The Microfinance Crisis and Food Security
On October 2, 2013, the ‘Study Circle for Development Issues’ of the Royal Agricultural Society (KLV) in the Netherlands organised a meeting entitled ‘The Microfinance Crisis and Food Security’. The meeting, which was held in Wageningen, was chaired by Dr Klaas Molenaar, lecturer Financial Inclusion and New Entrepreneurship of the Hague University of Applied Sciences. Mr Molenaar introduced the issue by drawing lessons from microfinance with respect to access, empowerment and product development. He also postulated that structural changes are taking place in terms of self-managed and self-controlled financing, equity finance and SME credit unions.
Professor Robert Lensink, of Wageningen University, sketched the enormous changes in the appreciation of microcredit. Up to about 2005 microcredit was extremely popular but it has been challenged by recent developments. These include its commercialisation which, to many, has caused a ‘microcredit crisis’. He also embarked on the diversification of microfinance instruments, including savings and insurance which, in his opinion can be even more important than providing loans.
Dr Ferko Bodnar of the Dutch Ministry of Foreign Affairs provided insight in a recent systematic review of impact of interventions in agricultural production, value chains, market regulation and land security. In his presentation Mr Bodnar tried to link the impact of these interventions to options for credit services.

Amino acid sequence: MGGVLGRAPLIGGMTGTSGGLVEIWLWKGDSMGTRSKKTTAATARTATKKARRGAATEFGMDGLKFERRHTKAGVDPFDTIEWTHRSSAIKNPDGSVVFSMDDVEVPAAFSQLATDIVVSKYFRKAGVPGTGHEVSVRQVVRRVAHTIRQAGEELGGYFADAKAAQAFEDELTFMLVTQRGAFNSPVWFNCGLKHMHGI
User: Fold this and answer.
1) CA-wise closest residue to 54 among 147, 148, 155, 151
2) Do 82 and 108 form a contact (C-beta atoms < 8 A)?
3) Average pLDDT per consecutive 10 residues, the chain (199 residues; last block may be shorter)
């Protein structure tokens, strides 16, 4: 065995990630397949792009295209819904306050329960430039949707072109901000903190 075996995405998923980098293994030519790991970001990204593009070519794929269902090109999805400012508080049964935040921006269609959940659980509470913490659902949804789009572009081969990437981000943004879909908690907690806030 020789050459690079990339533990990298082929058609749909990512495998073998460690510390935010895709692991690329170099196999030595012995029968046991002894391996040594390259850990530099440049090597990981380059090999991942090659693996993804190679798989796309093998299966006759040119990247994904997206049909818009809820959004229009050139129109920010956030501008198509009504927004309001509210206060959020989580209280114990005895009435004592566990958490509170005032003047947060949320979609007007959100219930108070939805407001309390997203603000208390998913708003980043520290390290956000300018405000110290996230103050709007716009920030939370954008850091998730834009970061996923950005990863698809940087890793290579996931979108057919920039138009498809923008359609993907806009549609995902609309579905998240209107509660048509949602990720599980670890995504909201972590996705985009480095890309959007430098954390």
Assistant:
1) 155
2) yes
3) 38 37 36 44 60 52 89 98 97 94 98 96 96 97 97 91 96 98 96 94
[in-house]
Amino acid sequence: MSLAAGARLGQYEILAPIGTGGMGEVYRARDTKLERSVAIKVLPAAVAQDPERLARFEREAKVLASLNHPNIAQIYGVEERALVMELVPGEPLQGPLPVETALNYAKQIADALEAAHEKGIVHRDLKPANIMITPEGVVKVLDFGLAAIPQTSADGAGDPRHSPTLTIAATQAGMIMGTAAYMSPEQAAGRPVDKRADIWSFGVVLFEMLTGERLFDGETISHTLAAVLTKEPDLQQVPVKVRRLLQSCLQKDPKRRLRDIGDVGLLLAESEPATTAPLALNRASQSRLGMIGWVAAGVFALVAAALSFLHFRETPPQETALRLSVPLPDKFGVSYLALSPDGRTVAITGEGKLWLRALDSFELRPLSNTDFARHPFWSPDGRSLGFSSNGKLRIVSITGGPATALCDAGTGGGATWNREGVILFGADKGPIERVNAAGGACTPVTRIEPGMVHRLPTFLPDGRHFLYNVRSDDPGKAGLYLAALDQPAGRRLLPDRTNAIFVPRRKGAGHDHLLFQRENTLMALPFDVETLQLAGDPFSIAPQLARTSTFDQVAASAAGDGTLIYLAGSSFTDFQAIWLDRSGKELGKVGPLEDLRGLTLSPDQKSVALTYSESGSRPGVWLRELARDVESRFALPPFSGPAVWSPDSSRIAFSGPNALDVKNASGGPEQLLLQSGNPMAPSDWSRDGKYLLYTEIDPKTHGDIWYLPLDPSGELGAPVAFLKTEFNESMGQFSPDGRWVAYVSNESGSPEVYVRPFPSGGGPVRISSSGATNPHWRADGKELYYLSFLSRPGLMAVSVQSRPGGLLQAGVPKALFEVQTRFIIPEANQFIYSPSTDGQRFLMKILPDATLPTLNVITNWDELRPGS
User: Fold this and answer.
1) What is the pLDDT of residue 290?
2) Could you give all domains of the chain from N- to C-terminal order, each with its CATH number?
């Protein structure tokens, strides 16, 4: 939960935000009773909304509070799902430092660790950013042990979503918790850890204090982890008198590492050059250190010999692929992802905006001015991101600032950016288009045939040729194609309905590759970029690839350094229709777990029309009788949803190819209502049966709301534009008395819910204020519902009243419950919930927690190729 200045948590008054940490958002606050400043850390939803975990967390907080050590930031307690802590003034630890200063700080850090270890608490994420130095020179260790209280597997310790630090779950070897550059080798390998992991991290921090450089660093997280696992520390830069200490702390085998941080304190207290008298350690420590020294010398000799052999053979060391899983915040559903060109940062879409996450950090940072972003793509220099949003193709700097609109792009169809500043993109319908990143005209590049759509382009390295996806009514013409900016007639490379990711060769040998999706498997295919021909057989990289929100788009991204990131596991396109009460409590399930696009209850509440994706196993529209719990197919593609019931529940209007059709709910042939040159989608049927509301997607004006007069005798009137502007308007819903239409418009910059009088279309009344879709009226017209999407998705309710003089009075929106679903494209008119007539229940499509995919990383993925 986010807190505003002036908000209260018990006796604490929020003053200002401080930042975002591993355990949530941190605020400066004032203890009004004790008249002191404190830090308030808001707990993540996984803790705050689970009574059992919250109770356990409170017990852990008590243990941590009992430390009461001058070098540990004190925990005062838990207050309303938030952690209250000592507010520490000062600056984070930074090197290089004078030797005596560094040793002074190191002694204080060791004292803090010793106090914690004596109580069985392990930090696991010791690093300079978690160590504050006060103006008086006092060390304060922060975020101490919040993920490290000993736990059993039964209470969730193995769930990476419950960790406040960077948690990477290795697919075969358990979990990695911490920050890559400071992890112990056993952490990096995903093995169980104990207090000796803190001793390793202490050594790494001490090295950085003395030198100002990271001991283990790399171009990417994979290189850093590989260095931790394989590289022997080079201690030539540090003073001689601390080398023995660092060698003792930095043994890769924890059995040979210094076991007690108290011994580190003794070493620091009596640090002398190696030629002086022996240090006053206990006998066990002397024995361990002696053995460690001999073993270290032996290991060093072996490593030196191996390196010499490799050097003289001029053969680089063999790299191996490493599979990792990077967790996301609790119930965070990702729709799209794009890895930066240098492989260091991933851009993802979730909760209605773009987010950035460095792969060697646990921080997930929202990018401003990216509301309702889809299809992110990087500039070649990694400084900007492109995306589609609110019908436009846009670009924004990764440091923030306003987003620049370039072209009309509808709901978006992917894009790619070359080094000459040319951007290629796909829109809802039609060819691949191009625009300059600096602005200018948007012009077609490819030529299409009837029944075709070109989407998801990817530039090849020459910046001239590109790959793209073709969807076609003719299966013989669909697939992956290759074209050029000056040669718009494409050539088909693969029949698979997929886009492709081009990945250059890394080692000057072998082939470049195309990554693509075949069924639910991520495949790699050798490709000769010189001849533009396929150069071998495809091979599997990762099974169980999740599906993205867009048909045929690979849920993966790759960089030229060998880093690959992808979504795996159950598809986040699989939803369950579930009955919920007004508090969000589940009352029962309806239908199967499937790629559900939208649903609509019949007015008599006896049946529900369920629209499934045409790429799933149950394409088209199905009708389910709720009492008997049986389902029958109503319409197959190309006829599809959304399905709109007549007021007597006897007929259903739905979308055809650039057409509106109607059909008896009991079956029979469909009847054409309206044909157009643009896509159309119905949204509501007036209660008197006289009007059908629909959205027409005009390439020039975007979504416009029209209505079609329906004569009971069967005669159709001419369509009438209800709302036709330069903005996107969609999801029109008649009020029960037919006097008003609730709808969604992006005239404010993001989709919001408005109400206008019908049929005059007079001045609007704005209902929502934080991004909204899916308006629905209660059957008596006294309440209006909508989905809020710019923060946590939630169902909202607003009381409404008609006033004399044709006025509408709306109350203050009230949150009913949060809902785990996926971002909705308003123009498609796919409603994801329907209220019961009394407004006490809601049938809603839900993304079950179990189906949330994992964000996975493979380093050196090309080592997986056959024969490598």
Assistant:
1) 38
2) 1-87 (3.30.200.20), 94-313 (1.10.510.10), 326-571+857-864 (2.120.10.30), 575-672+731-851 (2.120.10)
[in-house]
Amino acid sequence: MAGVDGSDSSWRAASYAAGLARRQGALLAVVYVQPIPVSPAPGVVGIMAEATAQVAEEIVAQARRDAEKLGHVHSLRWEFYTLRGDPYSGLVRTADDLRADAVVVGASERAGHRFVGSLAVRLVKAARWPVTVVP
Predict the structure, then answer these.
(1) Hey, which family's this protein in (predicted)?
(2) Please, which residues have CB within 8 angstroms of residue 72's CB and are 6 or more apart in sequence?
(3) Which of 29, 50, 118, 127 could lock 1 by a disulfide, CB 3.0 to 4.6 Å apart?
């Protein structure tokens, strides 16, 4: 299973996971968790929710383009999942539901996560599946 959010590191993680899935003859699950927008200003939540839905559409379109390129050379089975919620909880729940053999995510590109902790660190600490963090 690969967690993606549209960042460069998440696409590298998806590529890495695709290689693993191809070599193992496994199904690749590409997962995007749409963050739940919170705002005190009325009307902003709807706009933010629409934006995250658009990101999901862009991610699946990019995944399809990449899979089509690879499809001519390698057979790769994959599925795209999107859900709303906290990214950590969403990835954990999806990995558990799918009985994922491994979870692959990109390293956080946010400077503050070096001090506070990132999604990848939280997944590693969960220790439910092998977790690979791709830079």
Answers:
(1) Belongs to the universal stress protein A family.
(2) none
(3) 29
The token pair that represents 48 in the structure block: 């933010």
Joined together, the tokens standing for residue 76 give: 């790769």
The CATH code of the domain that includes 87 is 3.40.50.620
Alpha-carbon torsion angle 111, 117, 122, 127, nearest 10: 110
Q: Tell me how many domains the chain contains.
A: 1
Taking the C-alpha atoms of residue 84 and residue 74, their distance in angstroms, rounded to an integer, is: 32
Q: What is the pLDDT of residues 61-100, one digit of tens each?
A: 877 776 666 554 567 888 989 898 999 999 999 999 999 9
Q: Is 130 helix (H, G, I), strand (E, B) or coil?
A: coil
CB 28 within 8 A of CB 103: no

Mr Gert van Maanen, former Board Member of ING Bank (the Netherlands) and founding member of Oikocredit International took the position that microcredit has emerged to be both, a blessing and a curse.
The blessing is in the fact that, under strict conditions, ‘unbankables’ have been enabled to survive with microcredit. The curse was that this success attracted opportunists into the microfinance business who went for their own profit and that of their principals.
Mrs Hedwig Siewertsen, managing director of d.o.b. Equity for Africa investigated impact investment and private equity as instruments to realize (agricultural) growth and societal return in Africa.
In her view, long term risk capital is needed to make the agricultural sector in Africa grow. This is because negative effects of short-term volatility in markets, prices and weather can only be compensated by ‘good’ years. D.o.b., contrary to banks, invest in risk-bearing equity instruments by taking ownership stakes in companies for periods up to 10 years. D.o.b. Equity for Africa is one of the sponsors of the Africa Agribusiness Academy.
Lastly, Mr Albert Boogaard of the Netherlands’ Rabobank Foundation shared some of the Foundation’s experiences in microfinance for agricultural lending, and the limitations thereof. He emphasised the role of rural cooperatives and the Foundation’s support in managing loan funds and organizing technical assistance.
The meeting was concluded with a lively plenary discussion between the presenters and the 50 participants.